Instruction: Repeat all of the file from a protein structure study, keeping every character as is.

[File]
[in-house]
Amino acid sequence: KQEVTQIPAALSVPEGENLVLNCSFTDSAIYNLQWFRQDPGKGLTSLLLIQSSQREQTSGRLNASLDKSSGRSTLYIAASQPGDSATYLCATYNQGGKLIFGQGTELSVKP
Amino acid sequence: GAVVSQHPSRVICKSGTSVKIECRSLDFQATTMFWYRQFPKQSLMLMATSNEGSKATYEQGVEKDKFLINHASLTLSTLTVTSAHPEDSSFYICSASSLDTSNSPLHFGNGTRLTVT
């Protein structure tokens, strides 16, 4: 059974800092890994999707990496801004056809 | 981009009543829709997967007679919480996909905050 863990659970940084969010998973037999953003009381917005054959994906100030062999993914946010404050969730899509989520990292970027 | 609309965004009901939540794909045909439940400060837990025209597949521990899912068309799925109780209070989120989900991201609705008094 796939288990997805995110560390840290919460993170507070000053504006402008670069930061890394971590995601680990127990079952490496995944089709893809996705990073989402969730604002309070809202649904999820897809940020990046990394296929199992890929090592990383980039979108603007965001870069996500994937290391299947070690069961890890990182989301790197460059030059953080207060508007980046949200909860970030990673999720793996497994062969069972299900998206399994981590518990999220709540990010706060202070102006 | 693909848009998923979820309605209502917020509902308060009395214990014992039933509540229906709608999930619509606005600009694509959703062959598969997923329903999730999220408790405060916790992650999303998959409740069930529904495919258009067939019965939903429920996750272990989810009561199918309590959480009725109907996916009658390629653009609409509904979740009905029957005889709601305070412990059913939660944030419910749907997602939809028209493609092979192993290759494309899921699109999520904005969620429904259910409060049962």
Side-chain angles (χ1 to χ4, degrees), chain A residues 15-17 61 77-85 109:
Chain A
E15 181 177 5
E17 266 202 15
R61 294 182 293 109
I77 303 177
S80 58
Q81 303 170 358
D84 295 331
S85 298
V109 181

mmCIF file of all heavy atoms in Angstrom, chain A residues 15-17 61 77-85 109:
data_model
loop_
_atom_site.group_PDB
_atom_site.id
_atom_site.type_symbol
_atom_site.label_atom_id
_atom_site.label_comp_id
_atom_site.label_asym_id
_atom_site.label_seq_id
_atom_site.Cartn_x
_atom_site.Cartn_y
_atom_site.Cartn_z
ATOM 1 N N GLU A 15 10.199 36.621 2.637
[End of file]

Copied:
[in-house]
Amino acid sequence: KQEVTQIPAALSVPEGENLVLNCSFTDSAIYNLQWFRQDPGKGLTSLLLIQSSQREQTSGRLNASLDKSSGRSTLYIAASQPGDSATYLCATYNQGGKLIFGQGTELSVKP
Amino acid sequence: GAVVSQHPSRVICKSGTSVKIECRSLDFQATTMFWYRQFPKQSLMLMATSNEGSKATYEQGVEKDKFLINHASLTLSTLTVTSAHPEDSSFYICSASSLDTSNSPLHFGNGTRLTVT
């Protein structure tokens, strides 16, 4: 059974800092890994999707990496801004056809 | 981009009543829709997967007679919480996909905050 863990659970940084969010998973037999953003009381917005054959994906100030062999993914946010404050969730899509989520990292970027 | 609309965004009901939540794909045909439940400060837990025209597949521990899912068309799925109780209070989120989900991201609705008094 796939288990997805995110560390840290919460993170507070000053504006402008670069930061890394971590995601680990127990079952490496995944089709893809996705990073989402969730604002309070809202649904999820897809940020990046990394296929199992890929090592990383980039979108603007965001870069996500994937290391299947070690069961890890990182989301790197460059030059953080207060508007980046949200909860970030990673999720793996497994062969069972299900998206399994981590518990999220709540990010706060202070102006 | 693909848009998923979820309605209502917020509902308060009395214990014992039933509540229906709608999930619509606005600009694509959703062959598969997923329903999730999220408790405060916790992650999303998959409740069930529904495919258009067939019965939903429920996750272990989810009561199918309590959480009725109907996916009658390629653009609409509904979740009905029957005889709601305070412990059913939660944030419910749907997602939809028209493609092979192993290759494309899921699109999520904005969620429904259910409060049962």
Side-chain angles (χ1 to χ4, degrees), chain A residues 15-17 61 77-85 109:
Chain A
E15 181 177 5
E17 266 202 15
R61 294 182 293 109
I77 303 177
S80 58
Q81 303 170 358
D84 295 331
S85 298
V109 181

mmCIF file of all heavy atoms in Angstrom, chain A residues 15-17 61 77-85 109:
data_model
loop_
_atom_site.group_PDB
_atom_site.id
_atom_site.type_symbol
_atom_site.label_atom_id
_atom_site.label_comp_id
_atom_site.label_asym_id
_atom_site.label_seq_id
_atom_site.Cartn_x
_atom_site.Cartn_y
_atom_site.Cartn_z
ATOM 1 N N GLU A 15 10.199 36.621 2.637